Introduction

These tutorials demonstrate how to select collision data with the SWITRS GIS Map tool for potential use in Highway Safety Improvement Plan (HSIP) applications. Please refer to the SWITRS GIS Map user guide if you are not familiar with the SWITRS GIS Map application; it will explain the various functions and tools available in the SWITRS GIS Map. These tutorials will focus on showing you how to select data for three example projects and then how to download that data for later use in your application for HSIP funding.


A. Segment/Median Project

This example will show how to select data for a segment/median project, where the countermeasure may be to create directional median openings.

The tutorial will cover how to:

  • Enter date and location parameters
  • Use the location search bar
  • Refresh collisions within a current extent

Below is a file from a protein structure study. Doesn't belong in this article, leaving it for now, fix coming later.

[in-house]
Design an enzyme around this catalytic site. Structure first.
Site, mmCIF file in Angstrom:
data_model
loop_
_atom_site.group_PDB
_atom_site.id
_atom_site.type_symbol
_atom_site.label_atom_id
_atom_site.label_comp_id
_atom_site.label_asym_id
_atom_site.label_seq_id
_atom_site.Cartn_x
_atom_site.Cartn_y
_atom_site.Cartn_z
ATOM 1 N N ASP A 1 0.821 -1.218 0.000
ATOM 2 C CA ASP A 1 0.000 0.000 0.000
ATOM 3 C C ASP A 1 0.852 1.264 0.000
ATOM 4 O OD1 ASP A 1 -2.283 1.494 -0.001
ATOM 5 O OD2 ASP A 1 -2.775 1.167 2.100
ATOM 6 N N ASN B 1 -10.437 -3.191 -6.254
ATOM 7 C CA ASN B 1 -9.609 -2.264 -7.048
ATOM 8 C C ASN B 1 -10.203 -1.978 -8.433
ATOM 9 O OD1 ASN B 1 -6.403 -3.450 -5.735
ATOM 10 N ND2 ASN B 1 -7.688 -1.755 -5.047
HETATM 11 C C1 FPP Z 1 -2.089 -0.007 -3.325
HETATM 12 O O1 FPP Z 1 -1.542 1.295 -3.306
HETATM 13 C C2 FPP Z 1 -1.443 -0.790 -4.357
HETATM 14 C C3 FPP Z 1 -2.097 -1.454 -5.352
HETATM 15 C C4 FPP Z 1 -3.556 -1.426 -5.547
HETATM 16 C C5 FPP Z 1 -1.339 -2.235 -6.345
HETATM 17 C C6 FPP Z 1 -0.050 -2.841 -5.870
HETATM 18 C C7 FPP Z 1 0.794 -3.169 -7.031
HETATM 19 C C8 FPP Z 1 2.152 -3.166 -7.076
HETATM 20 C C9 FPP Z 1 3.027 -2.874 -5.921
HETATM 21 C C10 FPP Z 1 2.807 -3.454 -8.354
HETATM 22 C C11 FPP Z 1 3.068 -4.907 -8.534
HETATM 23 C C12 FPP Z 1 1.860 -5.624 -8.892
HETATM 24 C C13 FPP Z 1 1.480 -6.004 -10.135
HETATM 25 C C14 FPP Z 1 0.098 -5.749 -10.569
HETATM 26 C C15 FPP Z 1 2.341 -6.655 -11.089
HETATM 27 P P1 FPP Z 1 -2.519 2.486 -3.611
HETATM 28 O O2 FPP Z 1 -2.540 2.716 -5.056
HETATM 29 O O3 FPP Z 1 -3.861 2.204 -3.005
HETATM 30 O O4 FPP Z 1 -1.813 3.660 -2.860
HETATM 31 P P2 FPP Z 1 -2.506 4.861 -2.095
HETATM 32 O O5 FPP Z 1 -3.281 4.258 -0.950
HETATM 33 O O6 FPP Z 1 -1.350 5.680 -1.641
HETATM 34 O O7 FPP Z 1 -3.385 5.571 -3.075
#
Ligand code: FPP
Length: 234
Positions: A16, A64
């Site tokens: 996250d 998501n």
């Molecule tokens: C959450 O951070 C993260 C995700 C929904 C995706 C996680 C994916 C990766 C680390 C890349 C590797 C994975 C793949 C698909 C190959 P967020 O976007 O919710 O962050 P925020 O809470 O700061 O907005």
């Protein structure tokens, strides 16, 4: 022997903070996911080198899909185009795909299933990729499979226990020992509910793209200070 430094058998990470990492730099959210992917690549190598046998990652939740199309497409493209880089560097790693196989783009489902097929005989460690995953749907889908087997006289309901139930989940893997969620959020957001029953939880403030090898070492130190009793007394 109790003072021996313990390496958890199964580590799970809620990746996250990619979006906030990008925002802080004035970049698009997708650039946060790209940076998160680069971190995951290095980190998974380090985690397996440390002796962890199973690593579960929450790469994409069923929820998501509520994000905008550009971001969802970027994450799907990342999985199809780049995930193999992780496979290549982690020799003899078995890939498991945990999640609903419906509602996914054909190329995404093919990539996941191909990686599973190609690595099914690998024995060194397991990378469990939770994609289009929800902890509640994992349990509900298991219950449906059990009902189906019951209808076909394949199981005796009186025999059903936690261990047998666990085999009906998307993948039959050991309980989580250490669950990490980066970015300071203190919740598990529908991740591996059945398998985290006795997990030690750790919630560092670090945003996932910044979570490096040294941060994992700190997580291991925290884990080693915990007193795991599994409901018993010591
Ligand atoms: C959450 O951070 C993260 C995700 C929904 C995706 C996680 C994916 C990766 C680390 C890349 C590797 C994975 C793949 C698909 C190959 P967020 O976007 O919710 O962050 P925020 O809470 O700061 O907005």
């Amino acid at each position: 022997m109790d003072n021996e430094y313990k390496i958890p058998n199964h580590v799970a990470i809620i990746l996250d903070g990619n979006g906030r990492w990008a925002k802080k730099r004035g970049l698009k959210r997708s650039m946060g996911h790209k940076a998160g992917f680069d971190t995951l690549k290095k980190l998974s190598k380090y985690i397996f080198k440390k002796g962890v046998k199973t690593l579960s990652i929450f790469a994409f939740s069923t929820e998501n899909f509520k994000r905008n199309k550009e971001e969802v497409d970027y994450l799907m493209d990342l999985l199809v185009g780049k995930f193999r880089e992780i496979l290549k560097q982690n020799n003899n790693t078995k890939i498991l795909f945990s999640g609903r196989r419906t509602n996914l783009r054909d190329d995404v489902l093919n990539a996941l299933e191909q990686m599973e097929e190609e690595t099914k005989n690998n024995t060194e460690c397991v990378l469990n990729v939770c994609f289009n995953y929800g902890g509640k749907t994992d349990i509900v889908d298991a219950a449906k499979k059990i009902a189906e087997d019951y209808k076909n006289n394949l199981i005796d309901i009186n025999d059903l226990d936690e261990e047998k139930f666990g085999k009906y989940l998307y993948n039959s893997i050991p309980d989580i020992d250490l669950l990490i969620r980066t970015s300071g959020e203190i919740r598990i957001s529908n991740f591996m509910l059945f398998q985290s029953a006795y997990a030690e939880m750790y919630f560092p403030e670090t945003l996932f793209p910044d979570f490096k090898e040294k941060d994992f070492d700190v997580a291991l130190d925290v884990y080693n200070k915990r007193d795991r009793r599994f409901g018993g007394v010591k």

• Switch basemap
  • Select collisions using either Drawing tool: Free Polygon or Polygon tool
  • Save screenshot for record-keeping
  • Download collisions

Parameters for Segment/Median Project

  • Time frame: 1/1/2004 — 12/31/2011
  • County: Shasta
  • City: Redding
  • Corridor of Interest: Lake Blvd (from West to East: Northpoint drive to N. Market Street)

1. Open up the SWITRS GIS Map tool

From the main TIMS menu go to the Tools dropdown menu and select SWITRS GIS Map. Then, click on "Click Here to Open SWITRS GIS Map".

2. Enter Date Frame and Location Parameters

Enter the given Date and Location parameters for this project. You can either type these in or select from the respective drop-down menus.

3. Find Area of Interest using Location Search Bar